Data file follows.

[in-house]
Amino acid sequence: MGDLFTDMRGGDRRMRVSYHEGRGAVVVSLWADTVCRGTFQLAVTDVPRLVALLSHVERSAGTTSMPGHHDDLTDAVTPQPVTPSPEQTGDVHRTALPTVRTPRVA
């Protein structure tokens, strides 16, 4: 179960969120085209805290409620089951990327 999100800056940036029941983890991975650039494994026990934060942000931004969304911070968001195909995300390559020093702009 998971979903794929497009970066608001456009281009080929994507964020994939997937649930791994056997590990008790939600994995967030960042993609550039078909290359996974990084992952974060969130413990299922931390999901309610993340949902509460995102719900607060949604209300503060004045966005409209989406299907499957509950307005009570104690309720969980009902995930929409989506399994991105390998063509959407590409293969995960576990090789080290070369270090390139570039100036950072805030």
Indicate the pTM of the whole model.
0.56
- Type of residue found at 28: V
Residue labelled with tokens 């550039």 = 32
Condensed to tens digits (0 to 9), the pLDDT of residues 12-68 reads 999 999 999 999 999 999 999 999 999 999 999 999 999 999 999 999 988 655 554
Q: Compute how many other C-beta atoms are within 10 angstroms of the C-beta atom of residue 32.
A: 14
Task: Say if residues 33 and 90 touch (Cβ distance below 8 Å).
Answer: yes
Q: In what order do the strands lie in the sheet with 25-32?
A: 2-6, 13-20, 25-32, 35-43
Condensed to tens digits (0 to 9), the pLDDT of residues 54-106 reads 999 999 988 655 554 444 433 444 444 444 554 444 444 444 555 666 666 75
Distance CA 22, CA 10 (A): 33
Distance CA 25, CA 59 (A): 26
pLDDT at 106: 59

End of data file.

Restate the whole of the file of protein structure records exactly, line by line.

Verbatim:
[in-house]
Amino acid sequence: MGDLFTDMRGGDRRMRVSYHEGRGAVVVSLWADTVCRGTFQLAVTDVPRLVALLSHVERSAGTTSMPGHHDDLTDAVTPQPVTPSPEQTGDVHRTALPTVRTPRVA
């Protein structure tokens, strides 16, 4: 179960969120085209805290409620089951990327 999100800056940036029941983890991975650039494994026990934060942000931004969304911070968001195909995300390559020093702009 998971979903794929497009970066608001456009281009080929994507964020994939997937649930791994056997590990008790939600994995967030960042993609550039078909290359996974990084992952974060969130413990299922931390999901309610993340949902509460995102719900607060949604209300503060004045966005409209989406299907499957509950307005009570104690309720969980009902995930929409989506399994991105390998063509959407590409293969995960576990090789080290070369270090390139570039100036950072805030």
Indicate the pTM of the whole model.
0.56
- Type of residue found at 28: V
Residue labelled with tokens 């550039």 = 32
Condensed to tens digits (0 to 9), the pLDDT of residues 12-68 reads 999 999 999 999 999 999 999 999 999 999 999 999 999 999 999 999 988 655 554
Q: Compute how many other C-beta atoms are within 10 angstroms of the C-beta atom of residue 32.
A: 14
Task: Say if residues 33 and 90 touch (Cβ distance below 8 Å).
Answer: yes
Q: In what order do the strands lie in the sheet with 25-32?
A: 2-6, 13-20, 25-32, 35-43
Condensed to tens digits (0 to 9), the pLDDT of residues 54-106 reads 999 999 988 655 554 444 433 444 444 444 554 444 444 444 555 666 666 75
Distance CA 22, CA 10 (A): 33
Distance CA 25, CA 59 (A): 26
pLDDT at 106: 59